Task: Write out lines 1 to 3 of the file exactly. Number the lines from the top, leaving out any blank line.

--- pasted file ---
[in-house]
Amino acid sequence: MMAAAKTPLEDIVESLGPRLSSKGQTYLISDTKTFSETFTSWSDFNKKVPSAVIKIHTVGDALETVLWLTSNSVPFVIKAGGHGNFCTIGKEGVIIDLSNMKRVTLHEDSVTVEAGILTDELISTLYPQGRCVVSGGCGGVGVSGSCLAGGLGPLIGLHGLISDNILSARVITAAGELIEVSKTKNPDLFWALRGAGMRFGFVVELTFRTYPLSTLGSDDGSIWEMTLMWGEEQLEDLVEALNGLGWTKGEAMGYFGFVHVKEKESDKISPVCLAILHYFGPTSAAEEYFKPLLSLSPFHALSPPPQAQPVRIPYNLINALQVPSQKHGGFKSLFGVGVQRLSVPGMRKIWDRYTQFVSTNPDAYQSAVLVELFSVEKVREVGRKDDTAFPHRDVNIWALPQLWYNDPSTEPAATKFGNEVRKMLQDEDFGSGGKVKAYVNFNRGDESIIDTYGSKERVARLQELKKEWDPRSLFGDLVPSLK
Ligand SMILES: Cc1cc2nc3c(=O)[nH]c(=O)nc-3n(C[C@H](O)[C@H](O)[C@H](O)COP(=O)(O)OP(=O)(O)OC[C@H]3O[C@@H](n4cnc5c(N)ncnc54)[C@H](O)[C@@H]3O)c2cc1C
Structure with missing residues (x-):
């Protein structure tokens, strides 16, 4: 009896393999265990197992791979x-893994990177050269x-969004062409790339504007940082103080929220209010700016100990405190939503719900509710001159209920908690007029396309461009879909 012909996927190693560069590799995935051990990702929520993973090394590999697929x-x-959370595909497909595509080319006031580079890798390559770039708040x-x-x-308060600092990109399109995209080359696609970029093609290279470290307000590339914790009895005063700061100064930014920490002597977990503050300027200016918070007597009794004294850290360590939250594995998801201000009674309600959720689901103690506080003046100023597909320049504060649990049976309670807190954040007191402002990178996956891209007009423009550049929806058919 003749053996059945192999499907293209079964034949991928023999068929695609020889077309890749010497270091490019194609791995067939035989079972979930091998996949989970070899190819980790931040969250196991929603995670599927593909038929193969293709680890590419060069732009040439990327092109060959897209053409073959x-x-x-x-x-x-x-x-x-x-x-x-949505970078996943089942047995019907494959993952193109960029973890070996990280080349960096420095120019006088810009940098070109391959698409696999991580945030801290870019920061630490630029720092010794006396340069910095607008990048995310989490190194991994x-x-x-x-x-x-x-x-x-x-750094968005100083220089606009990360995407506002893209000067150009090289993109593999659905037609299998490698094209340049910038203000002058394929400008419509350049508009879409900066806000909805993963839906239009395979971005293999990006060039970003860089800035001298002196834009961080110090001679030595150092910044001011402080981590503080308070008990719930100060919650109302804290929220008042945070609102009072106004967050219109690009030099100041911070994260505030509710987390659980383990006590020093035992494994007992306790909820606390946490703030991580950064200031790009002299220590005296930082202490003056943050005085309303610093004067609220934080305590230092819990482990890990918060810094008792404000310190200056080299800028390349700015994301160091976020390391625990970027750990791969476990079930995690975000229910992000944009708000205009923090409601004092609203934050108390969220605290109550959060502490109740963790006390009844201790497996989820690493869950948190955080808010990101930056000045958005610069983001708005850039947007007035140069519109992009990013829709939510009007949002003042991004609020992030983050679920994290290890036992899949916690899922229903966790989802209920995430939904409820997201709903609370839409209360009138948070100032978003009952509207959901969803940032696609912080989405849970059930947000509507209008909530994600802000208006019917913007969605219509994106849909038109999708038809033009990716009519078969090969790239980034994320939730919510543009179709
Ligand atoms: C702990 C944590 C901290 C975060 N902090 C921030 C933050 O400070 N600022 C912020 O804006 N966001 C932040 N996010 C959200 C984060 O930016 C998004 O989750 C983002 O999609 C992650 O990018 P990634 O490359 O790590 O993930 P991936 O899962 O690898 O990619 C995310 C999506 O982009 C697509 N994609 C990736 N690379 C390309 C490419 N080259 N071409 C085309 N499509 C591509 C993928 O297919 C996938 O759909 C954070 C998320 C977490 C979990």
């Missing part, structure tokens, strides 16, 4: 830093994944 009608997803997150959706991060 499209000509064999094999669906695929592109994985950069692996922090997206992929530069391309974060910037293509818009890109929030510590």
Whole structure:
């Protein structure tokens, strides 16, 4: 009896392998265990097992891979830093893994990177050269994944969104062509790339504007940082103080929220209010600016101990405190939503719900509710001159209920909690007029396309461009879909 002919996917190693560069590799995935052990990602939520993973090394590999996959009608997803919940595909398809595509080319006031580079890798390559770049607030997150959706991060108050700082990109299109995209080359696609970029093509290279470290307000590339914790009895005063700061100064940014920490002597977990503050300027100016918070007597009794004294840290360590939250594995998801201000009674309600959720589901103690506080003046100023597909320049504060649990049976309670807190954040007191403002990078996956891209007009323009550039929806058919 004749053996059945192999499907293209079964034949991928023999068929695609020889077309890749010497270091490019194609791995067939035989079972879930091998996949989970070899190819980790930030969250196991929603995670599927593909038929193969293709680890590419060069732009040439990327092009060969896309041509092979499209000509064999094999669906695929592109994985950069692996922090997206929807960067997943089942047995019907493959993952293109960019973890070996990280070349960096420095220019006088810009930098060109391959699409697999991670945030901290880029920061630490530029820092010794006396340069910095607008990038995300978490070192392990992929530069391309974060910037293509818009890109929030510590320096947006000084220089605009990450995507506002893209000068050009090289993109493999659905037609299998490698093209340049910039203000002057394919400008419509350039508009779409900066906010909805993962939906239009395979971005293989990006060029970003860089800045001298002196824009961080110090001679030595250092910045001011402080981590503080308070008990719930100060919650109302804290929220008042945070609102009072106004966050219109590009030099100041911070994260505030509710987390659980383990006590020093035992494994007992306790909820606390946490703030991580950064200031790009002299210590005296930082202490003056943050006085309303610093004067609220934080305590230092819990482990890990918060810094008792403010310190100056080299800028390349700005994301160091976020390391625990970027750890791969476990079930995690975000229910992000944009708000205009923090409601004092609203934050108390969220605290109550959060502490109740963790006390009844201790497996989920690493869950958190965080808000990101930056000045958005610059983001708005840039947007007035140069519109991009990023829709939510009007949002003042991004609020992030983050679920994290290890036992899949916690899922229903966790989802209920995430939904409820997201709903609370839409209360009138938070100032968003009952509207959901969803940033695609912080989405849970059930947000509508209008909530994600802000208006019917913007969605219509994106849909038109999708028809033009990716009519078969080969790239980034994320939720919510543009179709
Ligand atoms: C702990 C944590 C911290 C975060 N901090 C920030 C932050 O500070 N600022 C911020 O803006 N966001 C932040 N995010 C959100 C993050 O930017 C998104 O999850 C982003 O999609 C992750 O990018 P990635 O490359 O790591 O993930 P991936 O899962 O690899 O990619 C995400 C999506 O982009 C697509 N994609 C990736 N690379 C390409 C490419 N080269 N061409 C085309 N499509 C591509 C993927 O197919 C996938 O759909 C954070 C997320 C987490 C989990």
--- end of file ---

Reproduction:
[in-house]
Amino acid sequence: MMAAAKTPLEDIVESLGPRLSSKGQTYLISDTKTFSETFTSWSDFNKKVPSAVIKIHTVGDALETVLWLTSNSVPFVIKAGGHGNFCTIGKEGVIIDLSNMKRVTLHEDSVTVEAGILTDELISTLYPQGRCVVSGGCGGVGVSGSCLAGGLGPLIGLHGLISDNILSARVITAAGELIEVSKTKNPDLFWALRGAGMRFGFVVELTFRTYPLSTLGSDDGSIWEMTLMWGEEQLEDLVEALNGLGWTKGEAMGYFGFVHVKEKESDKISPVCLAILHYFGPTSAAEEYFKPLLSLSPFHALSPPPQAQPVRIPYNLINALQVPSQKHGGFKSLFGVGVQRLSVPGMRKIWDRYTQFVSTNPDAYQSAVLVELFSVEKVREVGRKDDTAFPHRDVNIWALPQLWYNDPSTEPAATKFGNEVRKMLQDEDFGSGGKVKAYVNFNRGDESIIDTYGSKERVARLQELKKEWDPRSLFGDLVPSLK
Ligand SMILES: Cc1cc2nc3c(=O)[nH]c(=O)nc-3n(C[C@H](O)[C@H](O)[C@H](O)COP(=O)(O)OP(=O)(O)OC[C@H]3O[C@@H](n4cnc5c(N)ncnc54)[C@H](O)[C@@H]3O)c2cc1C